Products, Materials + Tools | Jun 06, 2014

GE 100W Replacement, ENERGY STAR LED Achieves 100 Lumens Per Watt

GE Lighting engineered its 100-watt A-line replacement ENERGY STAR® LED to achieve100 lumens per watt (LPW), making it the lighting industry’s most efficient ENERGY STAR 100-watt LED replacement. This bulb is one of 40 new LED bulbs and fixtures hitting the market this summer as consumer LED lighting adoption reaches its tipping point.

“We have a team of dedicated engineers across the globe constantly working to reach optimal efficiency and quality of light with GE LED lighting,” says Linda Pastor, GE LED Lighting product manager. “Our 100-watt replacement LED provides the same soft white light, dimming capabilities and familiar A-line shape consumers love, but it gives them LED options with more brightness. Plus, at a rated life of more than 22 years, consumers can put this bulb in and forget about it.”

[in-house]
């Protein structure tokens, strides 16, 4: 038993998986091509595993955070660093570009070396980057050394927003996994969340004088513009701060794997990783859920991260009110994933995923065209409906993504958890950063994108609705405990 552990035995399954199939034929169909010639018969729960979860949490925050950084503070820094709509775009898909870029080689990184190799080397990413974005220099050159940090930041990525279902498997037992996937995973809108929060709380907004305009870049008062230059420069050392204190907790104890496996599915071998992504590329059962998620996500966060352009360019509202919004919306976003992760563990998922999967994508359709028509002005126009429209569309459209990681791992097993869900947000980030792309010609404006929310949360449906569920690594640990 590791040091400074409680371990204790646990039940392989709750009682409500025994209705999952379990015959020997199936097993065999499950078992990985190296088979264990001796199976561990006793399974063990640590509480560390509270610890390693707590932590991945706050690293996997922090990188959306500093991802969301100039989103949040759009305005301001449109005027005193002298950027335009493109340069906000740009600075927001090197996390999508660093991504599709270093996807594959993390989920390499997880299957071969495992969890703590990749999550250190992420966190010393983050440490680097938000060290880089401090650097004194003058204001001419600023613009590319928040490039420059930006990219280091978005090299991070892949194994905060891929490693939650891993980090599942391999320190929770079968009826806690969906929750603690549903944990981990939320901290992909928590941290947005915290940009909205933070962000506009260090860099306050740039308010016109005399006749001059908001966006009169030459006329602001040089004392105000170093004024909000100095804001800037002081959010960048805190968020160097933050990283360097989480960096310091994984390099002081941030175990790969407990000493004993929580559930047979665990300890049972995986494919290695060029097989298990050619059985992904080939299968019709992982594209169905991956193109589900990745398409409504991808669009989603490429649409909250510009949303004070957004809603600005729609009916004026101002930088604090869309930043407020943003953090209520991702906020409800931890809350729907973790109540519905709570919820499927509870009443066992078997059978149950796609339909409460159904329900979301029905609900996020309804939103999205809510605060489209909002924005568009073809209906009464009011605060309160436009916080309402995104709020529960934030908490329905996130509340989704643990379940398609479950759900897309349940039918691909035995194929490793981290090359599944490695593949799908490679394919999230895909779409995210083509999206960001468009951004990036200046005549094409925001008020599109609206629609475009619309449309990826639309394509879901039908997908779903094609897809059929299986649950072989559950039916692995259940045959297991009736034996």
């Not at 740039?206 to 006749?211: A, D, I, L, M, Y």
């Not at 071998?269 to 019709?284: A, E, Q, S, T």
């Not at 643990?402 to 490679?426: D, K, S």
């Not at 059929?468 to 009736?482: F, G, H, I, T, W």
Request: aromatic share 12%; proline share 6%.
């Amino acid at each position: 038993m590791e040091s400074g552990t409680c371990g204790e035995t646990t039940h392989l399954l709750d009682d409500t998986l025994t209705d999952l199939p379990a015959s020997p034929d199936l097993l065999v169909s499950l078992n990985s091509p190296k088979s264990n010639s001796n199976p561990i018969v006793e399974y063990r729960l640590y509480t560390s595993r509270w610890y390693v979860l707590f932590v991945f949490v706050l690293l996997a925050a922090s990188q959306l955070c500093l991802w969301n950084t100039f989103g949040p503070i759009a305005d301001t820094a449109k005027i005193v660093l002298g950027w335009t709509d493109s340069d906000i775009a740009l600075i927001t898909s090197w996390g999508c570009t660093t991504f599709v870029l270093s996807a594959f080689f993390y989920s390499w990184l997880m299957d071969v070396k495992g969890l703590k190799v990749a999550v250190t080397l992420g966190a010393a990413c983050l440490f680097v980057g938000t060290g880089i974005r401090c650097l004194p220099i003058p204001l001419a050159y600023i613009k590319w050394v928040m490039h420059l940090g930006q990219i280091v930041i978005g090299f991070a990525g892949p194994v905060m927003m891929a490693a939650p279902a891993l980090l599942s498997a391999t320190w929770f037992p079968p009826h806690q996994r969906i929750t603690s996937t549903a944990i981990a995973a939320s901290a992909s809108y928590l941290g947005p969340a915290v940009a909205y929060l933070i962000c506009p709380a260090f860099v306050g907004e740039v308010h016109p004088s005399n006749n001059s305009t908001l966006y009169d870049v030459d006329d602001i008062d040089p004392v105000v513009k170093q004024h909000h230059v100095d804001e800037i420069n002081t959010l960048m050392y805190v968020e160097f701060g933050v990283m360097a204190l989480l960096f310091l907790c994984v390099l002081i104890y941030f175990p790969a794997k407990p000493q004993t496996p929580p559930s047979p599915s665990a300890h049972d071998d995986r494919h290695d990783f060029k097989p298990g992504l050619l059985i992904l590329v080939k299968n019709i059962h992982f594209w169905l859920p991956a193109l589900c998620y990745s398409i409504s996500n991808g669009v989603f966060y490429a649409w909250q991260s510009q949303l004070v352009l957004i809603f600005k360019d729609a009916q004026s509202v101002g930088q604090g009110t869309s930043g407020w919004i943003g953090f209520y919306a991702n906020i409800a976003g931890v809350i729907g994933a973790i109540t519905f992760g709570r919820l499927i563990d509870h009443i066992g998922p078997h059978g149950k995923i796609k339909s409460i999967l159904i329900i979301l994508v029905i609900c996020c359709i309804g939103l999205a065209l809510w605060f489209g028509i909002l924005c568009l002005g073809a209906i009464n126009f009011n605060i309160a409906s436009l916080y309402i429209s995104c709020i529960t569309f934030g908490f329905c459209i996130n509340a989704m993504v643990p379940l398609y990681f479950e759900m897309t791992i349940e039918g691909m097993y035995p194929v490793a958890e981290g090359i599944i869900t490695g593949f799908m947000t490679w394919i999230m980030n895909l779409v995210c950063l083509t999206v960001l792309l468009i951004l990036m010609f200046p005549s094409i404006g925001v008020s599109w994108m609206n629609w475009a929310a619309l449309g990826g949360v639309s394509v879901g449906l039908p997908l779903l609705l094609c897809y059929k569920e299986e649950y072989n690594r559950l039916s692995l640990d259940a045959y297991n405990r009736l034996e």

At 1600 lumens and 16 watts, consumers looking for brighter LED bulbs for reading lamps or task lighting now have a realistic energy-efficient LED lighting solution, providing optimal energy savings for their monthly energy bill. Already very competitively priced, consumers will have utility rebate offers in select markets, making this bulb even more affordable; and better yet, it will pay for itself in the short term. Over the life of this bulb, or more than 22 years at three hours of use per day, consumers can expect to save more than $230.

GE Lighting debuted its first generation design of a 100-watt LED in 2012. This original design utilized a synthetic jet (an alternative to a fan), which helped manage the thermal load. As LED lighting design has dramatically evolved over the past few years, GE perfected the design to manage thermal loads using fins, closely emulating the shape and design of a traditional incandescent bulb.

To calculate a home’s energy-saving potential by switching to LED lighting, GE Lighting has developed a new tool, an LED energy-saving calculator. This tool translates energy savings into relatable terms for consumers, making the switch a no-brainer.